The Court first ruled that § 77v(a)'s "except clause" – providing that state courts have concurrent jurisdiction of Securities Act claims "except as provided in section 77p of this title with respect to covered class actions" – "does nothing to deprive state courts of their jurisdiction to decide class actions brought under the [Securities] Act." The Court construed the "except clause" to apply only to securities class actions based on state law. SLUSA preempts those claims and allows them to be removed to federal court, where they must be dismissed. "But the section says nothing, and so does nothing, to deprive state courts of jurisdiction over class actions based on federal law. That means the background rule of § 77v(a) – under which a state court may hear [Securities] Act suit[s] – continues to govern."
The Court next held that SLUSA's § 77p(c) does not authorize removal of Securities Act class actions from state to federal court. State-law securities class actions can be removed, but "federal-law suits like this one – alleging only [Securities] Act claims – are not 'class action[s] . . . as set forth in subsection (b).' So they remain subject to the [Securities] Act's removal ban."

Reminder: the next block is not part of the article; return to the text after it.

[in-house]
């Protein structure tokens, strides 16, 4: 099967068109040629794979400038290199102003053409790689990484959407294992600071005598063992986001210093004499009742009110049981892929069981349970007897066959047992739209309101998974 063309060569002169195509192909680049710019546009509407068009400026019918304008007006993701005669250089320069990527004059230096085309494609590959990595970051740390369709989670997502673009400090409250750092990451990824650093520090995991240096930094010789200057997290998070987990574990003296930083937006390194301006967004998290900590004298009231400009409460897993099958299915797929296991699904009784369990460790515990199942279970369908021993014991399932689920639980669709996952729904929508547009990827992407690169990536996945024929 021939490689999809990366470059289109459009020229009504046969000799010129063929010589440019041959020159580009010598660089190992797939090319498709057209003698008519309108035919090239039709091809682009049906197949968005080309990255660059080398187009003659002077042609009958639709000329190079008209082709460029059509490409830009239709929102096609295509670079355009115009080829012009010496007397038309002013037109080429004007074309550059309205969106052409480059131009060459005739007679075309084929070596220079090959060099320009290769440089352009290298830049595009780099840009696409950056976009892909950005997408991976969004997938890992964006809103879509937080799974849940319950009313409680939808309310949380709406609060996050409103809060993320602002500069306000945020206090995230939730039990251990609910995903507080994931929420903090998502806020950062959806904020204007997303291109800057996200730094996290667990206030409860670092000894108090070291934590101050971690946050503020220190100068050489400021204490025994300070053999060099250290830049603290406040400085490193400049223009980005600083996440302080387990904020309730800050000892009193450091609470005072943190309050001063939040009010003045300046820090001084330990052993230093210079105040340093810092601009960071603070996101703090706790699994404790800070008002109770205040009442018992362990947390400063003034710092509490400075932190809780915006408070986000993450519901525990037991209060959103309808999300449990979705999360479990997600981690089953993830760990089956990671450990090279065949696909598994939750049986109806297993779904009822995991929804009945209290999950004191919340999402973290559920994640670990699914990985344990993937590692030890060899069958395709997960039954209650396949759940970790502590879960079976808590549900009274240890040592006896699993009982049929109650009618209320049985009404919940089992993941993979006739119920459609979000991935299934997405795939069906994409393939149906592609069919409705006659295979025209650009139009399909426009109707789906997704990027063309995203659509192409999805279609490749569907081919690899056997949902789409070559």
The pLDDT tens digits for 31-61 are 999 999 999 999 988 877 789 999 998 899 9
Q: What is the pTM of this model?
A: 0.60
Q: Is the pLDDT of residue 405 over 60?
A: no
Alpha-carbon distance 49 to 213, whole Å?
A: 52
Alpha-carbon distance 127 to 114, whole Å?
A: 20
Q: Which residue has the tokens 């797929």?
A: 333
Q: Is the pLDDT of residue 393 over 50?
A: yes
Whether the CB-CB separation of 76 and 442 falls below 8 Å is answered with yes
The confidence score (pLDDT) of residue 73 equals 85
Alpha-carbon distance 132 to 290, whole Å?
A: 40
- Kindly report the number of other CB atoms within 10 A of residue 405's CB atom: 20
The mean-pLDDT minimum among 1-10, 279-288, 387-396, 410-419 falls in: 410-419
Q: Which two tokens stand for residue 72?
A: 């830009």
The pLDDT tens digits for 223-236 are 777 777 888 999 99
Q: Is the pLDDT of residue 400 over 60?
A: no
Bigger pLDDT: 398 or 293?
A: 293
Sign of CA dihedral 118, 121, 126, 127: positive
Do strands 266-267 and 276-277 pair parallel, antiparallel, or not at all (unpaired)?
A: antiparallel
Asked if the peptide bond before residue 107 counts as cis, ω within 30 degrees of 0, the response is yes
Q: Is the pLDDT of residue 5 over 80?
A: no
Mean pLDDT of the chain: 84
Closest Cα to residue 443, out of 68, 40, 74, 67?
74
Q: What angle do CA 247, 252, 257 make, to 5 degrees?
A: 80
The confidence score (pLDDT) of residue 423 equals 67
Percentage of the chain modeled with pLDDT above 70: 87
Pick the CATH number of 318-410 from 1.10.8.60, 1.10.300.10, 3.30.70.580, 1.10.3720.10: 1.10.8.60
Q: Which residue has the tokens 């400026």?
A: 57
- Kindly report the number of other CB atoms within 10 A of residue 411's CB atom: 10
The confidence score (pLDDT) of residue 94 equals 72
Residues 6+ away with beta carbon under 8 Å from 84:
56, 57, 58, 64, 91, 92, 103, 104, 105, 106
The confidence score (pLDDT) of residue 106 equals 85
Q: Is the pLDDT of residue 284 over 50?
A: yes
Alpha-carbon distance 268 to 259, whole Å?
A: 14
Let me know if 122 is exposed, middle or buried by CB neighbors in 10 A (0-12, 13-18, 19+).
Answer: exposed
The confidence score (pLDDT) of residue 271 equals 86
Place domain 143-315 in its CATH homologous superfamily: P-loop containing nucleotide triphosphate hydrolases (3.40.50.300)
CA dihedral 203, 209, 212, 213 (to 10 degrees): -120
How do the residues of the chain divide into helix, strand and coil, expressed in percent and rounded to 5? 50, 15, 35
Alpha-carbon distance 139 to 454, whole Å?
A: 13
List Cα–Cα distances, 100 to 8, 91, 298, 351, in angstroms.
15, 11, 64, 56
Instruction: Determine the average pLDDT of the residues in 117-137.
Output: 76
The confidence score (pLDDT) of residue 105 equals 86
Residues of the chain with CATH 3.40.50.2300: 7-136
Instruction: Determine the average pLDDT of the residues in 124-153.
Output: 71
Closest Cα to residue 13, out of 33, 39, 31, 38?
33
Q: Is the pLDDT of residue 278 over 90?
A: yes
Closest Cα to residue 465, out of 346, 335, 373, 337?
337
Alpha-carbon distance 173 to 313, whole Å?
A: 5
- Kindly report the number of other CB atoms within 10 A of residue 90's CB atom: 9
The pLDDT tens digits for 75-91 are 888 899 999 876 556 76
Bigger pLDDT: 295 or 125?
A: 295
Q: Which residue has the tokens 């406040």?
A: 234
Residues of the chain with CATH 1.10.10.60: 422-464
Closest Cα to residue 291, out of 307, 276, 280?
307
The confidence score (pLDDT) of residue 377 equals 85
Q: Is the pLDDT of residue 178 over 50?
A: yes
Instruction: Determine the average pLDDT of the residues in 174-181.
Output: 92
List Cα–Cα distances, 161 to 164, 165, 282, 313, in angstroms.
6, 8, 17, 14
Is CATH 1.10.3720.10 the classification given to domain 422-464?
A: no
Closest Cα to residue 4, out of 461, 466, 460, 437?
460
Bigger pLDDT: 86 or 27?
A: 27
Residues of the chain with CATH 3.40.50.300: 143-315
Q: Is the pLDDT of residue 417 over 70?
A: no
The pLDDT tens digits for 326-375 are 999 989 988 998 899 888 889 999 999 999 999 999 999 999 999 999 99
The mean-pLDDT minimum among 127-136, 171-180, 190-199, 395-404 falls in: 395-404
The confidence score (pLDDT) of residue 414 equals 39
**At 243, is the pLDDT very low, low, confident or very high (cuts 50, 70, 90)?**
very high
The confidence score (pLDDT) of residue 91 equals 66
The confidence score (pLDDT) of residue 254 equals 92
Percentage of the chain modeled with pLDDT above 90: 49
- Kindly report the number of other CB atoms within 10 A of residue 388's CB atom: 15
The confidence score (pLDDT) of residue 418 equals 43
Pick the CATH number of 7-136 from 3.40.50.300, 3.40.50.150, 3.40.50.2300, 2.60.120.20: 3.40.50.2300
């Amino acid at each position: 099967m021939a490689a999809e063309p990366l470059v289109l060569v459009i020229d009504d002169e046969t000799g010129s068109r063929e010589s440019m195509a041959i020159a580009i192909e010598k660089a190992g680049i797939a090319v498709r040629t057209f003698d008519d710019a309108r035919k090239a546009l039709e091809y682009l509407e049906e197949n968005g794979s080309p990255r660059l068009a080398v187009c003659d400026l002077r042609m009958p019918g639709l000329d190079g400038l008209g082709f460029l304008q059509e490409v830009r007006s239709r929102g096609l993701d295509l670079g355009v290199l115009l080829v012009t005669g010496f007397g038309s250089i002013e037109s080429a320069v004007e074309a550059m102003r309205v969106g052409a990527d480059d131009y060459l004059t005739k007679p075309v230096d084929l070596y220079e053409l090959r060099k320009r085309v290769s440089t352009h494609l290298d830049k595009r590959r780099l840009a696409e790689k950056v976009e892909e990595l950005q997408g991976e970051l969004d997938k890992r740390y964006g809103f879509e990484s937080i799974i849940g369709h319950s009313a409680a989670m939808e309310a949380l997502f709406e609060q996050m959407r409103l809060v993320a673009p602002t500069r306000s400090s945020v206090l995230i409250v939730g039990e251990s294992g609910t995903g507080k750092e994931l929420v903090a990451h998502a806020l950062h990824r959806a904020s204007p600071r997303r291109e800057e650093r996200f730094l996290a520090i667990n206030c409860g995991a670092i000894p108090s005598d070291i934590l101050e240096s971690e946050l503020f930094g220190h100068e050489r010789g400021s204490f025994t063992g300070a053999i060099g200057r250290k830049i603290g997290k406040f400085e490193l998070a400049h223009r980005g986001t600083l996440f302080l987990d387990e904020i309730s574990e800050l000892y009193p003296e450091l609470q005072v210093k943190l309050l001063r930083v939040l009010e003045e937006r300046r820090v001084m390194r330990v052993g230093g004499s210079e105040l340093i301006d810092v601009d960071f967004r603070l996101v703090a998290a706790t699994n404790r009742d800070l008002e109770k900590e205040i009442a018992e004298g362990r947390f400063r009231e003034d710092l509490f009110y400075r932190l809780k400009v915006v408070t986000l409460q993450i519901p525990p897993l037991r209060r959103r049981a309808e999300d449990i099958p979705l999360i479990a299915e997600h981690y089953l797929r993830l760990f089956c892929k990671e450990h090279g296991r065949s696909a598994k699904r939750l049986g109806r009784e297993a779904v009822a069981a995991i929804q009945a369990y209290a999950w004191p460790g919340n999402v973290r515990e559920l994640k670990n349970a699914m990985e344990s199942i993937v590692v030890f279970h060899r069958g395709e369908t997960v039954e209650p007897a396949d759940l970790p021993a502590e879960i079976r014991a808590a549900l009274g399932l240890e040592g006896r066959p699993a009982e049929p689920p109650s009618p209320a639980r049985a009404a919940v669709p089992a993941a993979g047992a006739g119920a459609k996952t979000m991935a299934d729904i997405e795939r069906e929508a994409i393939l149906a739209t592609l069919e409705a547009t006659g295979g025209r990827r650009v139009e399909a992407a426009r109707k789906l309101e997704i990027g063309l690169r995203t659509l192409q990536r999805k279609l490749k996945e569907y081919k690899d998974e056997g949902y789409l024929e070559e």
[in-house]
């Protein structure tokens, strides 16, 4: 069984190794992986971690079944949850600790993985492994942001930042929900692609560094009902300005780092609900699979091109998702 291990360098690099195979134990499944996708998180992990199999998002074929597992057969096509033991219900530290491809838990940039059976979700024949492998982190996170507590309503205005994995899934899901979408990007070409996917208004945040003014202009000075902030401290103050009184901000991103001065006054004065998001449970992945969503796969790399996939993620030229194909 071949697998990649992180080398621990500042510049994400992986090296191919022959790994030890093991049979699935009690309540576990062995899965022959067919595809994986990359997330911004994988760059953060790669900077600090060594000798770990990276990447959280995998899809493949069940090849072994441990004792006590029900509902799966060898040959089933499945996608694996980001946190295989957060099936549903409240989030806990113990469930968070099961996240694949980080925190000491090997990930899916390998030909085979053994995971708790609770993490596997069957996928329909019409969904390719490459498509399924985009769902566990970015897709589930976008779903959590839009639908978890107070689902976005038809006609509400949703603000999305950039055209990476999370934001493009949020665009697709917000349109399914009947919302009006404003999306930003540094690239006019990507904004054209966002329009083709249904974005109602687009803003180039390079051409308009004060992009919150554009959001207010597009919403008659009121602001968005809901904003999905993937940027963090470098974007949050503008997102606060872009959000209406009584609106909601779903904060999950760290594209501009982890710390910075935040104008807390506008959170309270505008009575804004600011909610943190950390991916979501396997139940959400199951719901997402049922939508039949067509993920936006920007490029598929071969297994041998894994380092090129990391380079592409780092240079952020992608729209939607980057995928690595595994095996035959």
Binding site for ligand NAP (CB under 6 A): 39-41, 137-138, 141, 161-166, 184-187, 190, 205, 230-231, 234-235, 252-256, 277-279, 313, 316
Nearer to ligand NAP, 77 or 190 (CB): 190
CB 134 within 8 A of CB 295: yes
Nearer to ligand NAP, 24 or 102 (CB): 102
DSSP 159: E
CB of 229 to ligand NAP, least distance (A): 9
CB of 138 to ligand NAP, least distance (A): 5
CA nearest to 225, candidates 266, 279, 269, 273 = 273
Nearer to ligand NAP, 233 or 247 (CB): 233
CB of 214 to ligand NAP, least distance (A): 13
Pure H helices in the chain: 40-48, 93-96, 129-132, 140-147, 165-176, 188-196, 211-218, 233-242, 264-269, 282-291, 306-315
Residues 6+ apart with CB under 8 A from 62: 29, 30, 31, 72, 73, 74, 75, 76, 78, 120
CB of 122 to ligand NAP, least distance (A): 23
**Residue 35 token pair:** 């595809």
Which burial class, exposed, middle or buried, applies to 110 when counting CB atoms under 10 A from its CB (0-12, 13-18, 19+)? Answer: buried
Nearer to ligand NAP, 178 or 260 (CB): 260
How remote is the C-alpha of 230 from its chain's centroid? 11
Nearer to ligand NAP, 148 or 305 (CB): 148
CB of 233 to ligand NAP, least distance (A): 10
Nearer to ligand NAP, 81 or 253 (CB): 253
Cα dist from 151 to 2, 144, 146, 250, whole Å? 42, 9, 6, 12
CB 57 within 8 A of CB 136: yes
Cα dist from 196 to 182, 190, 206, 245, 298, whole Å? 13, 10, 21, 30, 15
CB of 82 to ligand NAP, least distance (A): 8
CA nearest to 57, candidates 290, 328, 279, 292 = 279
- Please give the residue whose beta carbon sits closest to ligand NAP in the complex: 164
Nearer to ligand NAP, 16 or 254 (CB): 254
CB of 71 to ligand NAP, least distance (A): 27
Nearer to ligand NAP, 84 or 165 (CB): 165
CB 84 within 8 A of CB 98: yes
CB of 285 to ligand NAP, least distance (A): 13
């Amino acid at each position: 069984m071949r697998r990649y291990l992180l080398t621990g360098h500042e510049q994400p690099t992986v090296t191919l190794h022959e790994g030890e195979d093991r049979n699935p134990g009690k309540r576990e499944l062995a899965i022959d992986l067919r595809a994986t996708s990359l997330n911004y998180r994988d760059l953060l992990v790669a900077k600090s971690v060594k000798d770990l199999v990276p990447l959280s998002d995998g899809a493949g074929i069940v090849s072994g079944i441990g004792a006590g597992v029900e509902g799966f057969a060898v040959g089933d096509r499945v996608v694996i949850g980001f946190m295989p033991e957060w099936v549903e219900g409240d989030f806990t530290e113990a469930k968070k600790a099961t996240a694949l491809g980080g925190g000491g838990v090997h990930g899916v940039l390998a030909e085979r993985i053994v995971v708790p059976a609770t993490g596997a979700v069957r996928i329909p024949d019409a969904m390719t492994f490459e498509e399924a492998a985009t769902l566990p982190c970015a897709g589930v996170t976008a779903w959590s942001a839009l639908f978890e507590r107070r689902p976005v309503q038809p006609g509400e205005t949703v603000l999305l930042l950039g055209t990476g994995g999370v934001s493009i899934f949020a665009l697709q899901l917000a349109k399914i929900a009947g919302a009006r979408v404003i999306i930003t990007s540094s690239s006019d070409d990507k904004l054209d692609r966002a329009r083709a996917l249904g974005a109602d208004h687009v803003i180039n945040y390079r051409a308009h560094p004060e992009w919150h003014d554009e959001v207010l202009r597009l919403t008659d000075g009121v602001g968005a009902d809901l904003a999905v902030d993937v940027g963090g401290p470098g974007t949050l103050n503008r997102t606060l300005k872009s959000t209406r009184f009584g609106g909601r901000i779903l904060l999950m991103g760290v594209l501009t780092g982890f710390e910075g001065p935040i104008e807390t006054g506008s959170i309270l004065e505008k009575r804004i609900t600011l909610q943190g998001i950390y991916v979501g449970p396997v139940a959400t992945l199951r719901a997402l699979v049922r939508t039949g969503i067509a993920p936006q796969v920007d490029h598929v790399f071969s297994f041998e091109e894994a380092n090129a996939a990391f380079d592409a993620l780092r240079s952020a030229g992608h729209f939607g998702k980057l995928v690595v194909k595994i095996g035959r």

The Cyan decision has significant potential implications for Securities Act class actions: it could lead to a multiplicity of related cases challenging securities offerings, with few practical ways to avoid duplicative and possibly conflicting lawsuits.
First, no general procedural mechanism exists to transfer or consolidate related cases filed in federal and state courts. The normal methods of corralling related federal cases into a single forum – consolidation, transfers, multidistrict-litigation proceedings – do not work as between the federal and state systems. Federal and state courts can agree to coordinate with each other, and one court might choose to stay or adjourn proceedings in deference to the other, but parties in a federal suit probably cannot shut down state-court proceedings if the state court is unwilling to agree. The federal Anti-Injunction Act's exceptions (in aid of jurisdiction, and to protect and effectuate judgments) might allow a federal court to enjoin state-court proceedings if the federal case has advanced to the settlement phase or has gone to judgment. But the Act could pose hurdles in the early stages of a federal suit.